Trains and Bikes


Japan Rail assesses passengers no surcharge for traveling with a bike. Such passengers are, however, required to use a bike bag. 

Junior high school lunch


A recent school lunch.

Thursday, October 30, 2014

School lunch for October 30


rice, miso soup, 2 vegetable dishes, fish, squash pudding, milk (not pictured)

Wednesday, October 29, 2014

Fact Checking Japan Today

Japan Today is one of the major online media outlets for news in English about Japan.  Unlike The Japan Times (which publishes a print edition), the former is free ( TJT limits online users to just a few free reads per month).


(Readers may recall a post from a couple of years back regarding removal of comments critical of Japan Today's parent company, INTERAC, a major player in the private ALT industry.)


Japan Today produces little journalism of its own; rather, for stories not already available in English, it provides translations from the Japanese. So far, so good.


Except that Japan Today's translations are sometimes inaccurate or incomplete.


Case in point: http://www.japantoday.com/category/crime/view/19-year-old-arrested-for-pushing-man-off-train-platform


The story contains one not insignificant error: the 2 men did not continue their argument after exiting the train.  Instead, they calmed down.  The older man was waiting in line for his next train when the younger man pushed him from behind onto the tracks.


And there is an omission of important information: a train was approaching the station at the time and had to be stopped by an alert station employee, who pressed the "Emergency Stop" button.


Yahoo Japan's reporting is here: http://headlines.yahoo.co.jp/hl?a=20141029-00050069-yom-soci


Japan Today owes it to readers unable to make sense of Japanese to provide better translations.


    
An update (Oct. 31)   Japan Today is reporting that police have arrested a 25-year-old man on suspicion of attempted extortion.  The alleged incident took place in August, when one Hashimoto, the suspect, is said to have threatened his then-girlfriend into signing an IOU for over 3 million yen.  JT omits important details: the accuser is the ex-girlfriend, and the incident took place weeks ago.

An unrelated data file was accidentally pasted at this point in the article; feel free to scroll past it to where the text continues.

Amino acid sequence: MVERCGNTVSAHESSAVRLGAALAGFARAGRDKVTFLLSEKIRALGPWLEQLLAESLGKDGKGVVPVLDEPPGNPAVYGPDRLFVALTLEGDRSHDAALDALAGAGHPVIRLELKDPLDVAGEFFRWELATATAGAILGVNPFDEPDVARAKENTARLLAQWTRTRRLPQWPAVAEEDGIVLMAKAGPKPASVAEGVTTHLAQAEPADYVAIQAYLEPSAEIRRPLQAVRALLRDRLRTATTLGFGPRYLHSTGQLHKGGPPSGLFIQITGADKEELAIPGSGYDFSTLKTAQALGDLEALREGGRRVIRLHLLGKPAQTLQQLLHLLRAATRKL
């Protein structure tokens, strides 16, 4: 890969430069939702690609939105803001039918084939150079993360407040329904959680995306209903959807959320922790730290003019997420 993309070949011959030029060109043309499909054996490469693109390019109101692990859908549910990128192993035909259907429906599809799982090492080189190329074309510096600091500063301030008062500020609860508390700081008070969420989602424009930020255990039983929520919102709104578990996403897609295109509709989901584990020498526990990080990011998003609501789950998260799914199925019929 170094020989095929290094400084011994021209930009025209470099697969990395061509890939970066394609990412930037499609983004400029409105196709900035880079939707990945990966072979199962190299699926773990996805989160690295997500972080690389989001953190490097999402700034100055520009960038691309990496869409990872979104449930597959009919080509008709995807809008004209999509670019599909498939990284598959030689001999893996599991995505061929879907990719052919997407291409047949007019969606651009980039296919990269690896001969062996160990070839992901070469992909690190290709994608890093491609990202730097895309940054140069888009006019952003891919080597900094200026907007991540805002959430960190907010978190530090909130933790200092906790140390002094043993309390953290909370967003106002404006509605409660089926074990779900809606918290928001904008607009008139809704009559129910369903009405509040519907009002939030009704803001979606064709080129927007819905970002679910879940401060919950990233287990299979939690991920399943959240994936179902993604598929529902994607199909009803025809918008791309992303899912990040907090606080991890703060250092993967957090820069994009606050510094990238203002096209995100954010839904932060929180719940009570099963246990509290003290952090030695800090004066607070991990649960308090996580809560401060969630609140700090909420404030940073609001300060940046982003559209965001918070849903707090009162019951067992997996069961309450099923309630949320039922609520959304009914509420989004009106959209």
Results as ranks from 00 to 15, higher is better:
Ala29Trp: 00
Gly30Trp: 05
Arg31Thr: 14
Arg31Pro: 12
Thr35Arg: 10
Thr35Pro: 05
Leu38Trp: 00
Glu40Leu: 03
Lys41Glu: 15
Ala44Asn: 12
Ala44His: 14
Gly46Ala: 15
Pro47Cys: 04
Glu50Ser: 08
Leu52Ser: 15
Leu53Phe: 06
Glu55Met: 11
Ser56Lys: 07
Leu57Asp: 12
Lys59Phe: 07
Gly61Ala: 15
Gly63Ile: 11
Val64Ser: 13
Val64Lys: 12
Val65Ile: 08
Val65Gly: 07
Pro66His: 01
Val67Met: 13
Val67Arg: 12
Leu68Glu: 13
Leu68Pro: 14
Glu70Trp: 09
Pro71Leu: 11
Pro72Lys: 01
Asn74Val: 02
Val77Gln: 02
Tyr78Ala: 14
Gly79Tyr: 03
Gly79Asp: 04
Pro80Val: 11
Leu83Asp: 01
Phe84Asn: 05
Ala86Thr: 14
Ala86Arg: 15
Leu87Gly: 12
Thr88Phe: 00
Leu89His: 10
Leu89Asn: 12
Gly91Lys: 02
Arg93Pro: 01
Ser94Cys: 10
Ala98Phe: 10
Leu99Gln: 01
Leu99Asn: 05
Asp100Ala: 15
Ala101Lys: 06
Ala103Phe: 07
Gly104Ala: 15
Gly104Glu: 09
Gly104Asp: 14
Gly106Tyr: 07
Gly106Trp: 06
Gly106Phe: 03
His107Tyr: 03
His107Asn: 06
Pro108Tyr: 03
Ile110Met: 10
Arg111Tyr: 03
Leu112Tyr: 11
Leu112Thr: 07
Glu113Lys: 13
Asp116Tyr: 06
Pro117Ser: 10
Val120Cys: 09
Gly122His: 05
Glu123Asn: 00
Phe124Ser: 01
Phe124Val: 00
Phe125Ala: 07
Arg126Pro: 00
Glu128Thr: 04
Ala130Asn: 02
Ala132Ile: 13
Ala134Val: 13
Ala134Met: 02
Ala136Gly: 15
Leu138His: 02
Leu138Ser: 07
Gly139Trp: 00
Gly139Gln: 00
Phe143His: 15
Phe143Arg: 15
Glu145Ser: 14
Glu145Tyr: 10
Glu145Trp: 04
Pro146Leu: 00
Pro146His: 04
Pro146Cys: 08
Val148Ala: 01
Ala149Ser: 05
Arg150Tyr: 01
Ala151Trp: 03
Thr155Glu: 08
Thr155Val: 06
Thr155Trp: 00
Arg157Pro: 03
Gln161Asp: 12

My comment below:


  • Hashimoto was arrested this week for allegedly threatening and attempting to extort over 3 million yen, in August, from his now ex-girlfriend. The timing is an important detail missing from the article (Some readers seem to think the police acted with dispatch).
       

The original article:


TOKYO —
A 25-year-old man who works as a host at a club in Tokyo’s Kabukicho district has been arrested for trying to extort 3 million yen from his girlfriend by threatening her.
According to police, Hiroyuki Hashimoto forced his girlfriend to sign an IOU stating that she owed him 3 million yen, TV Asahi reported. Police said he threatened to kill her and her family if she didn’t sign it.
After the woman fled, Hashimoto emailed her mother and demanded to know where her daughter was and that she owed him money. However, the woman’s mother contacted the police who arrested Hashimoto.
Police said Wednesday that Hashimoto is also suspected of beating up another woman in her 20s in July. In that case, the woman suffered broken bones, police said.
Japan Today

Thursday, April 03, 2014

A Roadside Shrine

A more common sight in Japan than even the ubiquitous convenience store is the roadside shrine (Yes, I know, a most bold assertion). Such shrines come in all manner of upkeep and repair. I pass numerous wayside shrines on my commute, most of them tidy and of weathered, untreated wood, and lacking in any ornament or statement of artistic originality.


 Not so this shrine.



The shrine, with its figure of Jizo, bell pull, flowers, and general appearance, is not unlike others I pass on the ride to school.  However, the artist/ builder has let himself go on the "pediment" (What is this part of the shrine called, by the way?), writhing, serpentining figures and all. 



Jizo is the protector of travelers, women in childbirth, and children. According to Buddhist thought, the souls of children who die during childbirth or at a young age are sent to sai no kawara , a dismal place where they must erect piles of stones, which are promptly scattered by demons. Someone has erected such a pile here.